Day Trip from Khao Lak to Koh Surin Islands

The Surin Islands are located in the Andaman Sea, in an archipelago of 5 islands in Phang Nga Province, South West Thailand. Located about 60 kilometers from Nam Khem or Thap Lamu Piers in the Khao Lak area, the speed boat ride is about 90 minutes.

I was fortunate to be part of an “inspection” tour of the Similan and Surin Islands for a local outfit called Seastar Plus. For now I will focus on The Surin Islands.
I love the Surin Islands. It is, in my opinion much better than the Similan Islands. From the quality of the reefs to the abundance and wider variety of sea life, the Surin Islands are far superior.

We met at Nam Khem Pier early in the morning and were treated to a nice continental breakfast, welcome drink and refillable water bottle.
We boarded a 15 meter two level catamaran named Tao Talay 9. The cabin was air conditioned and there was plenty of room for the passengers. There was an upper deck for sunning once the boat was at anchor. The Tao Talay 9 had one toilet near the captain’s chair. The vessel was designed to seat 70 people but there were about 15 of us onboard. Once seated we all were provided with a mesh bag containing a towel, mask, snorkel and fins. Captain Mac and three boat boys got us underway for the hour and 30 minute cruise to the Similan Islands. Our guide, Khun Latte, Gave us a briefing about the day’s activities and A little of the islands history.

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After a smooth ride lasting about an hour and a half, We arrives at our first stop. The Surin Islands are the ancestral home to the Moken People. The Moken originate from Burma or so the story goes. They are sea gypsies and their villages dot the entire Andaman coast. The Surin Islands has one such village. Due to local restrictions, we were now allowed to go ashore but I have been there before. There are around 80 people in the village living in thatched houses on stilts. Every hut has its own solar panel for electricity. There is also a school and small government office and not much else. The children are some of the happiest I’ve seen and everyone is extremely friendly. Our first snorkel spot of our Surin Island tour was within view of the Moken Village and was quite impressive. The coral was magnificent and teeming with fish of all colors. We stayed for about an hour then headed to Surin Nua, North Surin, to have lunch. Other than the marine park rangers, we were the only people there. The day we went, there were no other tour boats in sight. Everywhere we visited we were the only ones around. It was heavenly.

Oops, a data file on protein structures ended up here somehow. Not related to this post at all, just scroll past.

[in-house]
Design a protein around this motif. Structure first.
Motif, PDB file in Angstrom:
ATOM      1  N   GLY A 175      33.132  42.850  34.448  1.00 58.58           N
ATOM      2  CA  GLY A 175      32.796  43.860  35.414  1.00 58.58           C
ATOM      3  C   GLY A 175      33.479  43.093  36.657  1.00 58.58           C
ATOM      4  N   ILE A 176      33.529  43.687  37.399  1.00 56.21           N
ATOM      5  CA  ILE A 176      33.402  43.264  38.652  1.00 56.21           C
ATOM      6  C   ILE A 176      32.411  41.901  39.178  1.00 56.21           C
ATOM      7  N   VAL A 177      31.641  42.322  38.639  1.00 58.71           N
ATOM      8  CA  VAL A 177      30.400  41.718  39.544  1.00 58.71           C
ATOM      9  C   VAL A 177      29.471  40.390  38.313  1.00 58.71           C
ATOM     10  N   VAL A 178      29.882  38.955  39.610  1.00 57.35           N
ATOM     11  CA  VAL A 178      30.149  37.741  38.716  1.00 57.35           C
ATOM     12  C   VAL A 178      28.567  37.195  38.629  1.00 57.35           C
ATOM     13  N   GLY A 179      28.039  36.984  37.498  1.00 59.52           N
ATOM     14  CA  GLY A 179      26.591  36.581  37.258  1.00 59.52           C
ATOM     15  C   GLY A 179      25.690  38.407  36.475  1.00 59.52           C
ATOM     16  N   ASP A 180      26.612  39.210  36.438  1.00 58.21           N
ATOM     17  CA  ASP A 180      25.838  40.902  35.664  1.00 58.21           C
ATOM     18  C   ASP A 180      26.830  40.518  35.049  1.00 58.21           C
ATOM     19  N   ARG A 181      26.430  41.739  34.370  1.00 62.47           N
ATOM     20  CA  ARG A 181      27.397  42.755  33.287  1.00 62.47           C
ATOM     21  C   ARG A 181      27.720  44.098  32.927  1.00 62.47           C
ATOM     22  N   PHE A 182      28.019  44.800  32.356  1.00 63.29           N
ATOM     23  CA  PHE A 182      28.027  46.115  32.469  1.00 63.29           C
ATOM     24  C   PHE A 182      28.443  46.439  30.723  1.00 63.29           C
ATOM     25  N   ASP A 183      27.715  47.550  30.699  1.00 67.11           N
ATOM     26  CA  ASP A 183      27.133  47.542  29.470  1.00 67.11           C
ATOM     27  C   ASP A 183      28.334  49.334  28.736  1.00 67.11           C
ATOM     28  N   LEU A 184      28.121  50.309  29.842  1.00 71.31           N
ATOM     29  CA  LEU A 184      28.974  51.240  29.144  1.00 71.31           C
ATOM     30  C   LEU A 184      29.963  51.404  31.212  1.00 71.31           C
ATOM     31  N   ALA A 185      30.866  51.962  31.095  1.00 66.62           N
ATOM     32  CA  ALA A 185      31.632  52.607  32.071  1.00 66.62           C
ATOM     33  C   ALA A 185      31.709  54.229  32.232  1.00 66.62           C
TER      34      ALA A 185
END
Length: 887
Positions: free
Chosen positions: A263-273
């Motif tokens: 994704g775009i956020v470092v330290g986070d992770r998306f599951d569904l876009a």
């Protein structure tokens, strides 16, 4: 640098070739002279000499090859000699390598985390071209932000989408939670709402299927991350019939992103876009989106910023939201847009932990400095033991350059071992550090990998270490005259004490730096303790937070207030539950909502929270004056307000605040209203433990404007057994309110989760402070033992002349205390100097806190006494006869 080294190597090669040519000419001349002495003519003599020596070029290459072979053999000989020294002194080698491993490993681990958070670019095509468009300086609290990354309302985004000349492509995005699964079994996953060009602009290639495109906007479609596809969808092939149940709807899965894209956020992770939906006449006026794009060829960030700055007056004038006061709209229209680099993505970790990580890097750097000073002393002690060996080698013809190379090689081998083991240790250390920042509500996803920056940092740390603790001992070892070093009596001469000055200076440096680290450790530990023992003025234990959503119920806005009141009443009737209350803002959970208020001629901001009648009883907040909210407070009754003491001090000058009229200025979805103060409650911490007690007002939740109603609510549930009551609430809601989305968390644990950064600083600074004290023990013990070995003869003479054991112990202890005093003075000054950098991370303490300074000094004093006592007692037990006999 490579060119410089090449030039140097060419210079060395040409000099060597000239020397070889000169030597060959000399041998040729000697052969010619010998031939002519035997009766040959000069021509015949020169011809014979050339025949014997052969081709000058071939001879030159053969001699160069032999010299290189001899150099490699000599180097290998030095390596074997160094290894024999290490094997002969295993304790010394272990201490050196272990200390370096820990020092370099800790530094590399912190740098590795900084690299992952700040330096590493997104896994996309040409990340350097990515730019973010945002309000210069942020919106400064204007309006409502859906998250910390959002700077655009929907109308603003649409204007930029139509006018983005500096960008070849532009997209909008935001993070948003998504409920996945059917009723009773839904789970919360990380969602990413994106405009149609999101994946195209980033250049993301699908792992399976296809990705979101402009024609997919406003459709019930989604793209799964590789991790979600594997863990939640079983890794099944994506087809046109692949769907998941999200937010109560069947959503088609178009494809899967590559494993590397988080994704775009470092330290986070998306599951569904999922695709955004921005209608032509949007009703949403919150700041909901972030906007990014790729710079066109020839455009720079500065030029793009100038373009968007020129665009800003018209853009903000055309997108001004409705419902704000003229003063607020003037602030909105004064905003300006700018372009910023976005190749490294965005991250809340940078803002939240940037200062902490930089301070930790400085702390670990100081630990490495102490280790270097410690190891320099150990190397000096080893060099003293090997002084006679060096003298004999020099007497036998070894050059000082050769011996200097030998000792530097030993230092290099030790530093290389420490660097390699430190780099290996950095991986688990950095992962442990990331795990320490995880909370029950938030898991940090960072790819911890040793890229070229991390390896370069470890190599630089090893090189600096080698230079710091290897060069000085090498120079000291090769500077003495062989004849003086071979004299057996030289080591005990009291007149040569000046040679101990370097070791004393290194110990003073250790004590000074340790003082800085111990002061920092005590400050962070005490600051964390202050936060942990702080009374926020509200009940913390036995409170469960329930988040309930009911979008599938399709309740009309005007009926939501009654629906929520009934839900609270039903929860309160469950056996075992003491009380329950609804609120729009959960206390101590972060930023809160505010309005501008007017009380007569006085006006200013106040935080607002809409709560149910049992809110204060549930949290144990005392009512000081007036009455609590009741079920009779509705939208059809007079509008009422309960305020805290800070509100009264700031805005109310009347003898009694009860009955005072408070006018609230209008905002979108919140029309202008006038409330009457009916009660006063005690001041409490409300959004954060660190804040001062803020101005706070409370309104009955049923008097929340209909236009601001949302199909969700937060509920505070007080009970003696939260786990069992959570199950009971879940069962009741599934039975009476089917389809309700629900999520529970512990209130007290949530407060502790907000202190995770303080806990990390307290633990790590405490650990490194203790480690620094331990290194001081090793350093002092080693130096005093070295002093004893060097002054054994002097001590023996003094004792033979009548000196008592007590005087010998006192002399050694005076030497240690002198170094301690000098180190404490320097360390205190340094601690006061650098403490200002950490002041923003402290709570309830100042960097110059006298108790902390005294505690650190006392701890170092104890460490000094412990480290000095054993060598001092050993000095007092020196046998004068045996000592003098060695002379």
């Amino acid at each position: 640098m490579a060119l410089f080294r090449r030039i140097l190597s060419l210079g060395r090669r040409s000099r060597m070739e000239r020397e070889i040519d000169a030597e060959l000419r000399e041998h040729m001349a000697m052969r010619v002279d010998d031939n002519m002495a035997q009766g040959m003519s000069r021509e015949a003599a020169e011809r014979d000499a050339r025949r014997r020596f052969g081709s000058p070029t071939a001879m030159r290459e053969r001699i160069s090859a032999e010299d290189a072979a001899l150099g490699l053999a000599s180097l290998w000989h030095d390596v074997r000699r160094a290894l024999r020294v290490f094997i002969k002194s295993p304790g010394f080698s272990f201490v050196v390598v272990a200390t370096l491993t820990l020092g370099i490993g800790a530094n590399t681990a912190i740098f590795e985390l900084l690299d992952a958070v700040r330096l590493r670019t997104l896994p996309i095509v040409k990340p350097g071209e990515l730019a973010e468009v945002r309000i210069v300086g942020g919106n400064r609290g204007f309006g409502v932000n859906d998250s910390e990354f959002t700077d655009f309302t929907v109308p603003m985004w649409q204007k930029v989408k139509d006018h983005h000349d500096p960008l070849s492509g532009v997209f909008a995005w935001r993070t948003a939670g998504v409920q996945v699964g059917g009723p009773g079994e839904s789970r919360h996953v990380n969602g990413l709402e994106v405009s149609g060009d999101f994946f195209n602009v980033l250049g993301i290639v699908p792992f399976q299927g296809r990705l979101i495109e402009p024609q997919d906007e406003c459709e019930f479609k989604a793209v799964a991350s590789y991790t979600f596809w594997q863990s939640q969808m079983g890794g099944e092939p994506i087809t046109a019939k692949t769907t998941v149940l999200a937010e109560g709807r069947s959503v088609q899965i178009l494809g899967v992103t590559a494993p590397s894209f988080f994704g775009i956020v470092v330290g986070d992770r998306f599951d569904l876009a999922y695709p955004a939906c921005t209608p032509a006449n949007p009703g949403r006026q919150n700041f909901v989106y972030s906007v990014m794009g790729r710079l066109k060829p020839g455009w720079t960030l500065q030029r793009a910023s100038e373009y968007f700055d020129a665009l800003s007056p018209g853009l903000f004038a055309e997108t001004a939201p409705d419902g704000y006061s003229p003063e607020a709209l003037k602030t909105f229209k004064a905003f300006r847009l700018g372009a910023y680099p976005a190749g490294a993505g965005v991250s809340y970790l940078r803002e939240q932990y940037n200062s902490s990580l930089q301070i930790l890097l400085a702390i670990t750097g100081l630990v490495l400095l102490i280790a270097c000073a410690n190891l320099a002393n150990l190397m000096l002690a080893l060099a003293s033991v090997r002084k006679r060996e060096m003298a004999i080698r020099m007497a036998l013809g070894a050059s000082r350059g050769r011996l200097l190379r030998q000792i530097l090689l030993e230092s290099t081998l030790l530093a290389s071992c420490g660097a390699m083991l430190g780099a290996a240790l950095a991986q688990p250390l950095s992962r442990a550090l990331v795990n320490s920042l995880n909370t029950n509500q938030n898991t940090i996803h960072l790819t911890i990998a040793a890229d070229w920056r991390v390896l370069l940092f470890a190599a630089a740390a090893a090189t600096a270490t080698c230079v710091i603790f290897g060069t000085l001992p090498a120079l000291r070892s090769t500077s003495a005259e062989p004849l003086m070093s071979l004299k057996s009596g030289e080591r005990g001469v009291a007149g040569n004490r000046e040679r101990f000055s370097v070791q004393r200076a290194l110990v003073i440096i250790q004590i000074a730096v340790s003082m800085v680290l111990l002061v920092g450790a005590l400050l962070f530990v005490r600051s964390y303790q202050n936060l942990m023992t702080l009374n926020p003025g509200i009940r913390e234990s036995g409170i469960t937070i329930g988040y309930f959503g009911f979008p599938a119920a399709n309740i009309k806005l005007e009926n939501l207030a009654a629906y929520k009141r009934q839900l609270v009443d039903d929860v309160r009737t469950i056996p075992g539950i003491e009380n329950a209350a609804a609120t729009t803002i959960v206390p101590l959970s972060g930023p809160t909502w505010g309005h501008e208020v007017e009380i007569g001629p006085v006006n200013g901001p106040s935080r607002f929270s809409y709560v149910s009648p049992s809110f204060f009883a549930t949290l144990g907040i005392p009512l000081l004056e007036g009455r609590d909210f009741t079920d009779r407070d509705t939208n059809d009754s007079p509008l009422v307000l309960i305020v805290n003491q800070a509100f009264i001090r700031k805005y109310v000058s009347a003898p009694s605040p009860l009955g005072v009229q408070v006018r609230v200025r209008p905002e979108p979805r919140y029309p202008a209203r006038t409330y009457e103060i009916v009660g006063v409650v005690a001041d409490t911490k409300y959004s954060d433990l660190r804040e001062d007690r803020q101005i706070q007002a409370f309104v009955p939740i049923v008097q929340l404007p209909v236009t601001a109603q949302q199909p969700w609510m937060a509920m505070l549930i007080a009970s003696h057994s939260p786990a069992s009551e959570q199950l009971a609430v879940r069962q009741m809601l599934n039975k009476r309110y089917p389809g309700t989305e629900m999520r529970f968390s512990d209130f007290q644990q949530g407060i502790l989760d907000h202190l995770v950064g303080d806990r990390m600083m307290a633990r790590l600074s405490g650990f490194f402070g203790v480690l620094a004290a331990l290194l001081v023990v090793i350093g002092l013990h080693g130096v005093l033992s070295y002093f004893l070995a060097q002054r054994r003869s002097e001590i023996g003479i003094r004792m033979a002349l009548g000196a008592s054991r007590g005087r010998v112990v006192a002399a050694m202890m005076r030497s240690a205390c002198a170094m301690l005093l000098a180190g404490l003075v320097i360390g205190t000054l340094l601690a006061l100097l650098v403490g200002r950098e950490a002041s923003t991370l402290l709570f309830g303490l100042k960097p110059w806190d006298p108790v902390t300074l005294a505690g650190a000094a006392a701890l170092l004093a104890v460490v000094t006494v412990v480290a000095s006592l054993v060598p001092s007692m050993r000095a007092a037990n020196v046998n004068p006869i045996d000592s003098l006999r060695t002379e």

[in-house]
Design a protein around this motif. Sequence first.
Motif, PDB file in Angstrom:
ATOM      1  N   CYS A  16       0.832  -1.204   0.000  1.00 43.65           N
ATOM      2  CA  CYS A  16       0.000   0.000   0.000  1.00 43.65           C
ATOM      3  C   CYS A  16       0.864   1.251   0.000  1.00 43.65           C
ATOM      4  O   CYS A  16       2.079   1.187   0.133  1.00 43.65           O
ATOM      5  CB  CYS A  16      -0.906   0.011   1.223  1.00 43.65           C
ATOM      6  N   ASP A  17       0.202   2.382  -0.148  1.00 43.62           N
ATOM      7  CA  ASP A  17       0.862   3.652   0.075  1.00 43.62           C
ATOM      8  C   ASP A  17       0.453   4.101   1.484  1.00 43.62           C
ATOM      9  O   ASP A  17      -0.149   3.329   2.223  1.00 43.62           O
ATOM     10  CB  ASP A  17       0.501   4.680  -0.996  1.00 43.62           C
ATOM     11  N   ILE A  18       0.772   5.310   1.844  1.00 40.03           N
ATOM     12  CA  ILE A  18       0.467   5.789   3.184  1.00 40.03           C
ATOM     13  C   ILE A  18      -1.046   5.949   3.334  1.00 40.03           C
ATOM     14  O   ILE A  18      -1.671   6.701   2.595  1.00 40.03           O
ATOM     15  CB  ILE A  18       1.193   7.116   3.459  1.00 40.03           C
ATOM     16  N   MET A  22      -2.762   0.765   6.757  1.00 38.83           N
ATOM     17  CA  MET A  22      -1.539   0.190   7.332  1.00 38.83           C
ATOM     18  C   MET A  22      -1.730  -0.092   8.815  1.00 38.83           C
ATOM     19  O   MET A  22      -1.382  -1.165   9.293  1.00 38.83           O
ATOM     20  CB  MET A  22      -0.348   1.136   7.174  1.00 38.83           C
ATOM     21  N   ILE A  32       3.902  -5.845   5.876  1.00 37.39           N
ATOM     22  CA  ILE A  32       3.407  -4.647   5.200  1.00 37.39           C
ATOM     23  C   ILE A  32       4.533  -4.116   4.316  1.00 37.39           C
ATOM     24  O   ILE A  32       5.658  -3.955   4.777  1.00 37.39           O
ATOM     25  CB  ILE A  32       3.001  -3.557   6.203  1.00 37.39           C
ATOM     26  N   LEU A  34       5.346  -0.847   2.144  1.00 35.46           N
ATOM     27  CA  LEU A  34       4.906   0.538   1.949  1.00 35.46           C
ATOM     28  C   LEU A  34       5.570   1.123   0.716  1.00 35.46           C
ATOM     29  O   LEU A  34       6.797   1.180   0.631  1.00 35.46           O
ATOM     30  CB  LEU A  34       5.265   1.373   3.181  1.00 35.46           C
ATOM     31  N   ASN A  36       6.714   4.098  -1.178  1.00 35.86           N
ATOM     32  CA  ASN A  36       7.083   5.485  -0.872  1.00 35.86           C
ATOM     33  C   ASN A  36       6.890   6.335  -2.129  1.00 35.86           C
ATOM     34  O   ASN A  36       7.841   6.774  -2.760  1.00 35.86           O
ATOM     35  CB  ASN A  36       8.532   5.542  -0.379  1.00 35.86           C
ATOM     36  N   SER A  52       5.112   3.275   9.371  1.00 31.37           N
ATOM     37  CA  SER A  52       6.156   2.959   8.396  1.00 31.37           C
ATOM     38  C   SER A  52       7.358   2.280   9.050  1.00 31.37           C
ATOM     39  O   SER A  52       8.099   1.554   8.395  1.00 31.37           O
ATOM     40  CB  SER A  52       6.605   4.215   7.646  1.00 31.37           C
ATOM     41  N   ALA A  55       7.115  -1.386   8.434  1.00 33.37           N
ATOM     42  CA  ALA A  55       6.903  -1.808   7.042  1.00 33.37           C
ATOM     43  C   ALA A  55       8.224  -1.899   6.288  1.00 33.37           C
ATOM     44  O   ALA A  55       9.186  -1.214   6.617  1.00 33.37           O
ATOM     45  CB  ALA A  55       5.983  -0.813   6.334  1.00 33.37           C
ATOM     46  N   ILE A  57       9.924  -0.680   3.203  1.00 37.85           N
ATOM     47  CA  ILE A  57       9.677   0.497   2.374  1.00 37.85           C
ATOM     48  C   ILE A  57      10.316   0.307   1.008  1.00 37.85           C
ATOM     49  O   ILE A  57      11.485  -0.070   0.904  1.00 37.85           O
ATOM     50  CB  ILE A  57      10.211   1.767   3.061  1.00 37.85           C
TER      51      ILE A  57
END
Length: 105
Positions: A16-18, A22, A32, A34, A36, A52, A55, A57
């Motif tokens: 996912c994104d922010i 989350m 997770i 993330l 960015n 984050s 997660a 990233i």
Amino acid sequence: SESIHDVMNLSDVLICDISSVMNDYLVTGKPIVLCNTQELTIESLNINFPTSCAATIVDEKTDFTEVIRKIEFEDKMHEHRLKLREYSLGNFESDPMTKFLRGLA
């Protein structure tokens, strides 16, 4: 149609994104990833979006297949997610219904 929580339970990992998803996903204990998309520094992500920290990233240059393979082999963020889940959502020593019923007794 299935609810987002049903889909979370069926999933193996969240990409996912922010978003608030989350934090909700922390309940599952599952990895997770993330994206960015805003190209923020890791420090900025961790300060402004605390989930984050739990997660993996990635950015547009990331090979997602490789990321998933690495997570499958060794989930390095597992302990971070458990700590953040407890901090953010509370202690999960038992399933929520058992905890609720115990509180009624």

There are accommodations at the Surin Islands. At Chong Kaard Bay, you can choose from tents pitched on a pristine beach, small bungalows for two people and larger bungalows that sleep up to six people. There are ample shower and toilet facilities, including wheelchair access, a restaurant with indoor and outdoor seating and tour desk. SeaStar Plus provided us with a wonderful lunch buffet with fantastic Thai cuisine. Vegetarian and vegan options are also available but you should inform the receptionist when you check in that morning. Soft drinks, a variety of Thai sweet teas iced coffees and fresh fruit are also there to enjoy. After lunch and a chill out we got back on the Tao Takay 9 and headed to Bon Bay for snorkel spot #2. Again the reef systems were thriving and there were larger fish swimming about. We stayed at Bon Bay for about 40 minutes before heading to our last stop of the day. Mare Yai or, Mother-in–Law Bay isn’t always open to the public but today it was. I had visited this site many years ago and it is one of the better spots for marine life and coral formations. It didn’t disappoint. We spent an hour there again, by ourselves. Come to think of it, we didn’t see or hear another boat all day! I dozed off on the way back to Nam Khem Pier. Since I was on another “inspection” tour to the Similan Islands the day before, I know that we were offered fresh fruit and chocolate brownies. We arrived safely and adjourned to the reception area for a nice snack buffet and refreshing ice cream. I’ve said it earlier and I will say it again now. SeaStar Plus did a fantastic job and really took care of us on our trip to the Surin Islands. Weather your destination is the Similan Islands, Surin Islands or one of their other tours, SeaStar plus is the way to go!